Mixed reality and image-guided technologies now offer surgeons new preoperative planning tools, and a means to collaborate and share expertise across the globe.
A recent 24-hour surgery event facilitated by Microsoft featured 12 holographic surgeries, along with roundtables and live interviews on the topic. A dozen doctors from around the world performed multiple surgeries, including a shoulder replacement in South Africa and a knee procedure in the United Arab Emirates.
The surgeons demonstrated how mixed reality solutions enable them to collaborate across borders, access data, and improve accuracy by layering information over the patient as a guide for procedures.
Microsoft’s HoloLens headsets are mixed reality smart glasses that uses sensors, advanced optics and holographic processing to seamlessly blend 3D imagery and physical environments. Experts say the advancement of mixed reality surgery offers many benefits, including improved health outcomes, more accurate surgical procedures and better training worldwide.
For example, in December 2020, a surgeon in the U.S. and a surgeon in France used mixed reality technology to assist a surgeon in Brazil who needed to repair a collarbone fracture and perform a shoulder arthroscopy.
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Dr. John Erickson, an orthopedic hand and upper extremity surgeon with Atlantic Health System in New Jersey, and Dr. Thomas Grégory, chief of the department of orthopedic and trauma surgery at Avicenne Hospital in Paris, used a HoloLens 2 mixed reality headset to help Dr. Bruno Gobbato in Jaraguá do Sul, Brazil. Using Microsoft applications and Teams, the surgeons could see the patient and holographic images, helping Gobbato perform the procedure.
“They were my partners helping me with the surgery,” Gobbato said in a Microsoft news release last month. “We had a French perspective, we had an American perspective, and we had a Latin American perspective. We had one-quarter of the world inside the operating room."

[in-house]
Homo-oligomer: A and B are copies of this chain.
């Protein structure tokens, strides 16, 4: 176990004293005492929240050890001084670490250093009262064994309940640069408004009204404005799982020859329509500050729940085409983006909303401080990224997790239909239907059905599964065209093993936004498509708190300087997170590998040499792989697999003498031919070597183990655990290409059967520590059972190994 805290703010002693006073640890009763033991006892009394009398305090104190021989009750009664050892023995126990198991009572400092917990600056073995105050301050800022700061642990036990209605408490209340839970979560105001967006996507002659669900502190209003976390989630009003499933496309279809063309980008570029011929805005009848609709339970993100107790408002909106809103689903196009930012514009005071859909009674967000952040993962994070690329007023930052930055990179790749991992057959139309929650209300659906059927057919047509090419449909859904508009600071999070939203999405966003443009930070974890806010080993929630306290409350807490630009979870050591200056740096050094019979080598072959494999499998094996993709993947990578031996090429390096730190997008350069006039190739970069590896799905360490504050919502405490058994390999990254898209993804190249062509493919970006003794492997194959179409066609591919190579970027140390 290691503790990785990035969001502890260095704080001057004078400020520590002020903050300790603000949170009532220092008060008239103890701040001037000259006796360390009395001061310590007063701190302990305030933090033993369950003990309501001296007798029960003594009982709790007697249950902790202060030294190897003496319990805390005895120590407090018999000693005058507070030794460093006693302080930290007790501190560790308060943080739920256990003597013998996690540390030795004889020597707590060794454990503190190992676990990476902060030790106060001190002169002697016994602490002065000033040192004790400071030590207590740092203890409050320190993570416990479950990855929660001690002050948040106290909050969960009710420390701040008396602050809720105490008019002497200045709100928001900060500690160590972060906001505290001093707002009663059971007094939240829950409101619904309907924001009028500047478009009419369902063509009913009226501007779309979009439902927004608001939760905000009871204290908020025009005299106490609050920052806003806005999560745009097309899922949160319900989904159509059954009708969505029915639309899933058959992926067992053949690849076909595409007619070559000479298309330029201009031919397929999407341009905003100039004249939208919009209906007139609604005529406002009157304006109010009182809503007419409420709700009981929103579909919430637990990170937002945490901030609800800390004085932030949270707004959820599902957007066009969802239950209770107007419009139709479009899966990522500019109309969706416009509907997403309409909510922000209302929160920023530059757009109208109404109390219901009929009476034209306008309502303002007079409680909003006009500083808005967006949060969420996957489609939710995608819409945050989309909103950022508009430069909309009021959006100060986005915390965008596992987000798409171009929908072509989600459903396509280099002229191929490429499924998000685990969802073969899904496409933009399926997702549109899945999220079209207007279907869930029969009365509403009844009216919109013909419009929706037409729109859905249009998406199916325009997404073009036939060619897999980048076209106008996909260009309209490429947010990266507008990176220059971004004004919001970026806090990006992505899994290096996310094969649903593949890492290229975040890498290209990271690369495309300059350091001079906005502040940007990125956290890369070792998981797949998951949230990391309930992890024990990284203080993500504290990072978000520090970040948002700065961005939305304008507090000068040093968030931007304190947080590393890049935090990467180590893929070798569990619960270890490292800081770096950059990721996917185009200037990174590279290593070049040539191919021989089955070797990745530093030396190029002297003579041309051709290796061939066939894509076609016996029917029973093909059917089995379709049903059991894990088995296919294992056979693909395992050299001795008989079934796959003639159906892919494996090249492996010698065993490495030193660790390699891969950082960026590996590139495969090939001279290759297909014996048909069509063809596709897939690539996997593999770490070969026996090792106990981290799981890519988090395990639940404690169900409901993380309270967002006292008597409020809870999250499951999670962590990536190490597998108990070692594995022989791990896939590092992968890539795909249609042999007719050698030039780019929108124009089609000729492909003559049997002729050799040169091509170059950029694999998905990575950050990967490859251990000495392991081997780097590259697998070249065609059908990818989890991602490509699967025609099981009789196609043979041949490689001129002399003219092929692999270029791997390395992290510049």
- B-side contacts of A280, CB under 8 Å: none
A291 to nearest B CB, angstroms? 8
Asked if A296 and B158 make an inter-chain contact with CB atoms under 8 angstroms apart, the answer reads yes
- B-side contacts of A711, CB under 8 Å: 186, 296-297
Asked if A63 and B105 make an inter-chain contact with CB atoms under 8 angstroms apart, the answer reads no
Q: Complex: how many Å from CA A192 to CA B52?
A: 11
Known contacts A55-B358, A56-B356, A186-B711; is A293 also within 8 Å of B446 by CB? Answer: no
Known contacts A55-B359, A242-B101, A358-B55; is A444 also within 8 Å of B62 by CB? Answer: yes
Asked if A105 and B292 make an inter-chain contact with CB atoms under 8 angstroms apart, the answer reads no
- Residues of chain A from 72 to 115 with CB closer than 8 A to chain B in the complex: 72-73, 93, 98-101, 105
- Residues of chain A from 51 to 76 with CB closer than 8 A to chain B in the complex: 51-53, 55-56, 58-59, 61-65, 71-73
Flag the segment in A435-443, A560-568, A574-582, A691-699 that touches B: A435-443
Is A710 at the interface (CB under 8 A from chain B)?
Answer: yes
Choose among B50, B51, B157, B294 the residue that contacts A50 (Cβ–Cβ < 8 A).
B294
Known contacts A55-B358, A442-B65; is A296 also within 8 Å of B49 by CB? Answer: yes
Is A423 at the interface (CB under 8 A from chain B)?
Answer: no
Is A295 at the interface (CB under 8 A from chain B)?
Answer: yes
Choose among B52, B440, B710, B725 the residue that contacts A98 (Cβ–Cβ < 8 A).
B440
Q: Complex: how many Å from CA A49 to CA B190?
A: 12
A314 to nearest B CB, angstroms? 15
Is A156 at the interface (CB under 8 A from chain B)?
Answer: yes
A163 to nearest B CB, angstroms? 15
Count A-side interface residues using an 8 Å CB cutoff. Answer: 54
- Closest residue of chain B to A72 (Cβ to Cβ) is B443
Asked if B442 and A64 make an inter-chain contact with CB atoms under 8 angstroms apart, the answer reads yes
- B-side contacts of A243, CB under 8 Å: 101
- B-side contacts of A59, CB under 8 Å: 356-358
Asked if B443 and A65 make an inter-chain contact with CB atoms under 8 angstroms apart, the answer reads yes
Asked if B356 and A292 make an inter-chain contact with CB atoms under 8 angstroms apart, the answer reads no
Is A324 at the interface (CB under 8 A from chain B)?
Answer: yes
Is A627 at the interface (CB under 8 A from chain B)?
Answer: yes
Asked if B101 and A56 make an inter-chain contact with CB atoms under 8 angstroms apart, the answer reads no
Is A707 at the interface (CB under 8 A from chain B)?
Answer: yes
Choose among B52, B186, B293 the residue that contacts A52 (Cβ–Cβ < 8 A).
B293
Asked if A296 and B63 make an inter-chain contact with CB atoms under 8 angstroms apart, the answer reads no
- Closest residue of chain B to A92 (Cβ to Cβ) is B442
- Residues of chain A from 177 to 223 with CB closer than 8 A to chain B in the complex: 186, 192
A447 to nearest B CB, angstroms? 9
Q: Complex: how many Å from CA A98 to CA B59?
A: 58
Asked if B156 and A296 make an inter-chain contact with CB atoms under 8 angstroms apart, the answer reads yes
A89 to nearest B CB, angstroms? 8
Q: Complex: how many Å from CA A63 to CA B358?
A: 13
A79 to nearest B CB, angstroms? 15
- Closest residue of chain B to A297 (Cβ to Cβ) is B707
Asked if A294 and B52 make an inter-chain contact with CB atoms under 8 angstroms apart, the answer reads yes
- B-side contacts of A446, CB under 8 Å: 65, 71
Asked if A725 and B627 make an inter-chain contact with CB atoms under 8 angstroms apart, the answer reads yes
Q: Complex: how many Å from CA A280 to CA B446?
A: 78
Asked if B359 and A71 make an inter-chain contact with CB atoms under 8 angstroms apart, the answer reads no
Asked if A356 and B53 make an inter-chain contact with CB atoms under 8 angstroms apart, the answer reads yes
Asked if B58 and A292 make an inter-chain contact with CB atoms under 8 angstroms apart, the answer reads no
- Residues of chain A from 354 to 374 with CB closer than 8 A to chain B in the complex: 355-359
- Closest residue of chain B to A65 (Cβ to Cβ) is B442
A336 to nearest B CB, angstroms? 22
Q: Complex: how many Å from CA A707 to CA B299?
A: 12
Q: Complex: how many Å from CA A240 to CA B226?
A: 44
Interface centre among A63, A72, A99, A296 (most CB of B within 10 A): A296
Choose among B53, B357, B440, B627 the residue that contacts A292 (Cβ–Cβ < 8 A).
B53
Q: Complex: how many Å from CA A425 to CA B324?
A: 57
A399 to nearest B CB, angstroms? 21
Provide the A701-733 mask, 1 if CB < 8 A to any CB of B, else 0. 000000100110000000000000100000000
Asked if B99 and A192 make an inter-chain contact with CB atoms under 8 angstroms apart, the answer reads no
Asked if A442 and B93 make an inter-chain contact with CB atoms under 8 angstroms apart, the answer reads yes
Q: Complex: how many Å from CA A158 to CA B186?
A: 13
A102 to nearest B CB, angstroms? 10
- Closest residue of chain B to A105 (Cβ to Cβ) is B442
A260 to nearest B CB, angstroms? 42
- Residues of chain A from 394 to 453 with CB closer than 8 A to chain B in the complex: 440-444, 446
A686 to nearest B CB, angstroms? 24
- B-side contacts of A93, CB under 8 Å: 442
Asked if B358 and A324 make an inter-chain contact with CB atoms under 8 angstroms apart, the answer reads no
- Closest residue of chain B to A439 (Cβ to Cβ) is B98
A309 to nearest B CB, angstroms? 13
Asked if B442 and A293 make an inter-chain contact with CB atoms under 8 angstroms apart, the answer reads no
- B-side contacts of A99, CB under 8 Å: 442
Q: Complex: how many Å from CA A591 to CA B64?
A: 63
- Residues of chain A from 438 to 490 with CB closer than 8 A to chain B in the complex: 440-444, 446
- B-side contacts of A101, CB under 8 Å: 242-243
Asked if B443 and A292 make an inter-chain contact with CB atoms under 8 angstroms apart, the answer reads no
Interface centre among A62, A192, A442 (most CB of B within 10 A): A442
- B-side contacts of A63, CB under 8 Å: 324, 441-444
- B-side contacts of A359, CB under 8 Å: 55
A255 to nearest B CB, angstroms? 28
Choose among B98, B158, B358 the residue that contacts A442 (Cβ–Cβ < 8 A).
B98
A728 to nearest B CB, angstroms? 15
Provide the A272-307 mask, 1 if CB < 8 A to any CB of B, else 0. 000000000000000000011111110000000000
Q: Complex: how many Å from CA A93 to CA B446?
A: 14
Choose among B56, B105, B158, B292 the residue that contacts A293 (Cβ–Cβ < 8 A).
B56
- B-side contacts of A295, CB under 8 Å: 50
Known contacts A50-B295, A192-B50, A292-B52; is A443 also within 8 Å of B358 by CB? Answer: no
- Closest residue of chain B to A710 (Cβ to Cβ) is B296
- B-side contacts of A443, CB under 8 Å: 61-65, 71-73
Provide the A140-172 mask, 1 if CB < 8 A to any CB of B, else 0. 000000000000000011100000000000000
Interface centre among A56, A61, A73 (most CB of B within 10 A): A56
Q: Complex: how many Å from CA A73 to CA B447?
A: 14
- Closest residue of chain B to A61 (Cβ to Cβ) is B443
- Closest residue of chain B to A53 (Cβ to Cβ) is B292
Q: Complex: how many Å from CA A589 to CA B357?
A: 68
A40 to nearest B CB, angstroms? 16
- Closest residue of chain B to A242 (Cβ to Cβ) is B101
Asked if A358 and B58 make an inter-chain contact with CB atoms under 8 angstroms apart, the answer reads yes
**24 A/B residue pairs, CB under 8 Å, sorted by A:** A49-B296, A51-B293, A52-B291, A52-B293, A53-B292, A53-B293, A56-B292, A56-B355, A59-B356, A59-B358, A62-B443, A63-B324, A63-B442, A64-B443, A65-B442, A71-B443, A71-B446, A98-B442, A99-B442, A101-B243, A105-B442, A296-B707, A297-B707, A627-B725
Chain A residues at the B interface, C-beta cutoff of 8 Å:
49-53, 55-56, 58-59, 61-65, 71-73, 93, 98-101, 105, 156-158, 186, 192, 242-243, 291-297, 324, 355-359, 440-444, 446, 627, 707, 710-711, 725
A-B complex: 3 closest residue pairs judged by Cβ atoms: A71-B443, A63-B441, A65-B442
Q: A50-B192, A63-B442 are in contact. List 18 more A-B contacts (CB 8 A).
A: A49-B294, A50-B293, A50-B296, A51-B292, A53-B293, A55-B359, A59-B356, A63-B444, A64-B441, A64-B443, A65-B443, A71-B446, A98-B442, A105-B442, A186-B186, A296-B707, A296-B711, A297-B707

‘Scratching the Surface’ with Mixed Reality Surgery
As the HoloLens enables surgeons to collaborate with and help other surgeons globally, Erickson says another primary benefit of mixed reality is in preoperative planning. Software now allows surgeons to create immersive 3D models of anatomical parts to better prepare for procedures, which can result in shorter operating times, less blood loss and less risk. A 2017 study by Stanford Medicine found that mixed reality could improve the accuracy of women’s oncology surgery and minimize the need for more invasive mastectomies.
“It’s valuable to surgeons to go through the surgery ahead of time, and it leads to better outcomes for patients because you are mentally checked in, have planned the surgery and know what to expect," Erickson tells HealthTech.
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The ability to share information and point-of-view insight will better train the next generation of surgeons, and improve the skills and knowledge of operating room staff, he says.
“Eventually, you could have your entire operating team wearing devices and sharing an environment where even your techs and residents can see the same model you are using,” Erickson adds. “We are really just scratching the surface.”